Perhaps it’s a slightly voyeuristic premise, TV-funded trips back through decades of heartache, but this film does provide level-headed contemplation. That’s mainly thanks to the children themselves. While there are some on-screen revelations, there are also filming restrictions on certain authorities and relatives in Romania, which means that most of what we find out is filtered through Will, Nicci and Cezarina’s observations and conclusions. And it’s their remarkable understanding and empathy for their birth parents that set the tone.
Still, it’s not easy to watch. The distress of the Romanian families is disturbing, as are, of course, the original images of the neglected orphans. But it’s the fact it’s those very babies relating the story, along with their thoughts and feelings about what happened, that makes telling it so worthwhile.
Fresh and clean, fun and colourful, and undoubtedly Eastern Mediterranean – when it comes to this cute little Levantine diner nestled just off Old Brompton Road, those adjectives could either be describing the food, the decor or the staff. A bustling open kitchen is the first thing you see when you go in, but the eye quickly shifts to the brightly coloured walls, clashing with dizzily patterned furniture. The clientele seems to be a mix of tourists and locals, but all are given the same merry reception, as if they’ve just come back for the third night running. Ceru promises the best of an area covering Turkey to Syria to Israel (and everything in between). Of our dips and green bits, the crisp apple, mint and pomegranate salad outshone the pancar beetroot offering by a country mile, but there were plenty of other intriguing numbers that will guarantee our return. Shish taouk, chicken tikka by another name, was perfectly cooked and plenty for two. Persian kaftas (beef patties) came slighly dry but were lifted by a tarator (tahini and lemon) sauce. Elsewhere, the zucchini and feta fritters were too stodgy to finish but a failsafe go-to of halloumi with harissa and grilled peppers more than saved the day. If you somehow have shares in pomegranates, rejoice! They have a way of studding, sprinkling or topping most things with them, but not to the point of overdosing. And be warned, the thanks and goodbyes were even more enthusiastic than the welcome. But you can’t really have to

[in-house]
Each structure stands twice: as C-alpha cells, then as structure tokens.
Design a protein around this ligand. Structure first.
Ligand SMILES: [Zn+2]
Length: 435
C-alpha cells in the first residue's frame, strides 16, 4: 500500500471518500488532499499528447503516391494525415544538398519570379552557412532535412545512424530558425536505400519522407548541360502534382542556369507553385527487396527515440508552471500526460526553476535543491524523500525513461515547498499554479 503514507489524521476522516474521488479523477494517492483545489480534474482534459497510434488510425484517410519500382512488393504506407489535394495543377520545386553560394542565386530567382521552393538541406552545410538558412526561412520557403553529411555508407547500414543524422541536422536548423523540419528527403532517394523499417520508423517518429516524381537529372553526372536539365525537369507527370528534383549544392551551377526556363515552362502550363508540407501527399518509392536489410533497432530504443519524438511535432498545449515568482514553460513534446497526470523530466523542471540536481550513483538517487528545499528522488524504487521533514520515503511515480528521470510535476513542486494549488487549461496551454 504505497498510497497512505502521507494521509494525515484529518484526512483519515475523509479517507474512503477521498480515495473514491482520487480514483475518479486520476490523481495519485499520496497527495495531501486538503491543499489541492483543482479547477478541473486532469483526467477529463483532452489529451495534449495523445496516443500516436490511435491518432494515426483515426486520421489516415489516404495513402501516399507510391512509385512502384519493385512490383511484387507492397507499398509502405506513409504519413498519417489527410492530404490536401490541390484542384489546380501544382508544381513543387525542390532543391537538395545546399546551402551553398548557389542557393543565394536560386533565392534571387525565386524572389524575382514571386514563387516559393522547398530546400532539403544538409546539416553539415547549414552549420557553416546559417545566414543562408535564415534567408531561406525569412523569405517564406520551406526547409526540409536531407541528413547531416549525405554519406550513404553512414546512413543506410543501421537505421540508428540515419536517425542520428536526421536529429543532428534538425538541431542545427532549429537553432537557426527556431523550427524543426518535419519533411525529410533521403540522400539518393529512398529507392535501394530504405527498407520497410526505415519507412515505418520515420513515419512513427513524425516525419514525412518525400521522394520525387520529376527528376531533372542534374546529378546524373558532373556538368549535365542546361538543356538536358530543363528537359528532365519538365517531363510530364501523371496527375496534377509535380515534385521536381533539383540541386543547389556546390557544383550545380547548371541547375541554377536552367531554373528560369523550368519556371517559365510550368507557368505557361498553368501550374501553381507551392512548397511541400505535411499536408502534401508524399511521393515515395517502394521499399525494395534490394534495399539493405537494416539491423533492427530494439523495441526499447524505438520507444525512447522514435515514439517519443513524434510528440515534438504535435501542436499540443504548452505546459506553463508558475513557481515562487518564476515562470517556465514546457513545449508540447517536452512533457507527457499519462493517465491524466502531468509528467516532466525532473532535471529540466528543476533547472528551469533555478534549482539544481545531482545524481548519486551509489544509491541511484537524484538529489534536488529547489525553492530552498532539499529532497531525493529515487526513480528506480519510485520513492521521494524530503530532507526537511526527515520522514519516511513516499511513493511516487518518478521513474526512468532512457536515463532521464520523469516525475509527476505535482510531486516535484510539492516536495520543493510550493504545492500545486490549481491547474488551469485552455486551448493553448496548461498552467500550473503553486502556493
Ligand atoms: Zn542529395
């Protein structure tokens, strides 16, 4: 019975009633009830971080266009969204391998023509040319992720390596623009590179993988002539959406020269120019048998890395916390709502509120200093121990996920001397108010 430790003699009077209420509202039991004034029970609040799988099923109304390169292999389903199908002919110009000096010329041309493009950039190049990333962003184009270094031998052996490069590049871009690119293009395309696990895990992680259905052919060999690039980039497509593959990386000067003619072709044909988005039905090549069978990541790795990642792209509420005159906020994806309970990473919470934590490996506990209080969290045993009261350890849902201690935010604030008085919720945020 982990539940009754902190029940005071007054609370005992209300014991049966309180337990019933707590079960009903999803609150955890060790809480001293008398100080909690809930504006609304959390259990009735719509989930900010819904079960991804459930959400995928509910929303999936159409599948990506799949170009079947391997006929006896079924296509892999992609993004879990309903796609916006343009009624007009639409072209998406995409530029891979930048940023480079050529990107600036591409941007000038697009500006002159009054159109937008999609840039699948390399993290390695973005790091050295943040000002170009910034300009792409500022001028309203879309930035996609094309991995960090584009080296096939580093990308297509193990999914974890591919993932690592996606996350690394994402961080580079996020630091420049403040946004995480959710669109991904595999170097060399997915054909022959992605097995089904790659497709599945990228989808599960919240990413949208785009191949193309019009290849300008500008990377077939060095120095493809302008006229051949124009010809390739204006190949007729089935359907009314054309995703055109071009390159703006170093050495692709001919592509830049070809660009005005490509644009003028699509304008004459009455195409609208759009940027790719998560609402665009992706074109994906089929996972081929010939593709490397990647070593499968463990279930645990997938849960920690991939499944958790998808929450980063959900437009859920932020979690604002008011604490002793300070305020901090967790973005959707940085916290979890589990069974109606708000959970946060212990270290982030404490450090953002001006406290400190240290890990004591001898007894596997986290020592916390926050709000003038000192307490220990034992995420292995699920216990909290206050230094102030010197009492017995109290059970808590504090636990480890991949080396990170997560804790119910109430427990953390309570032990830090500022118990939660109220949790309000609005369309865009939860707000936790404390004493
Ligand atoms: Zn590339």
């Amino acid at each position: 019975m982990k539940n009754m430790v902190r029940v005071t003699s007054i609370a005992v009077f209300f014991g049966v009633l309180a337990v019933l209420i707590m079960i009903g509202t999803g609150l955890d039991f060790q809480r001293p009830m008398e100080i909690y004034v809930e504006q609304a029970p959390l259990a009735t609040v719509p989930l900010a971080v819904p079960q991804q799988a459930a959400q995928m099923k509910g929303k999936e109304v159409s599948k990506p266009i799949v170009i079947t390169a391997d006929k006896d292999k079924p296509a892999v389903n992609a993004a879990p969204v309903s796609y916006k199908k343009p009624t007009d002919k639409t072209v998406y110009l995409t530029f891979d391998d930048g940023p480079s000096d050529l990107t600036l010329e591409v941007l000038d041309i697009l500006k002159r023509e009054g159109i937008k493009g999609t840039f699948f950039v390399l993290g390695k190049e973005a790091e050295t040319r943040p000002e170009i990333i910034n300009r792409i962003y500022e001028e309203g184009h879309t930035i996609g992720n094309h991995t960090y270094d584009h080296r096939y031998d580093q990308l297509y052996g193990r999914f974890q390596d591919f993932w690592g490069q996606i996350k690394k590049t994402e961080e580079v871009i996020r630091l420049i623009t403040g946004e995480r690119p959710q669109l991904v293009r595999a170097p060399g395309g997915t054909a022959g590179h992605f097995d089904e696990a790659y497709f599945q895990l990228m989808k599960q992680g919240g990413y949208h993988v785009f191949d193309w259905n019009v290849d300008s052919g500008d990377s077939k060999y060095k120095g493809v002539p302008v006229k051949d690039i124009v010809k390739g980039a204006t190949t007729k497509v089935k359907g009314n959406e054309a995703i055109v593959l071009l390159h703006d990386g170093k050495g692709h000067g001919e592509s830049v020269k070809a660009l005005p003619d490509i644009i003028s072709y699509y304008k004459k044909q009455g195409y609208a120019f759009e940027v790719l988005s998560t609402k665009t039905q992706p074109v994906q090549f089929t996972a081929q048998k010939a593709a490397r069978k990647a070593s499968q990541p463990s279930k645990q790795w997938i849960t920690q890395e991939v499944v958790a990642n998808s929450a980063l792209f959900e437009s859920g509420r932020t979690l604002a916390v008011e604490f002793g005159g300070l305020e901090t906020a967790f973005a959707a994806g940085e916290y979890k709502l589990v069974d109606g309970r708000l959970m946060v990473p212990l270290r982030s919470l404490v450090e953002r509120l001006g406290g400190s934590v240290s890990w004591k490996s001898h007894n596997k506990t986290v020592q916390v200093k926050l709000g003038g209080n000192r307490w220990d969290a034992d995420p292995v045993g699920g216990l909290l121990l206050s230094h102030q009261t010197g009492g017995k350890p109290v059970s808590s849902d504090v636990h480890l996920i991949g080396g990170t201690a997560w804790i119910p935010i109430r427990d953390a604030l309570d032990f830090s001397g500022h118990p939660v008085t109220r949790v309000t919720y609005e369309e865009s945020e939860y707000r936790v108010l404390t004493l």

Venue says: “Lively Levantine mezze restaurant, gluten-free, healthy yet indulgent small plates. Offering express lunch platters and weekend brunch.”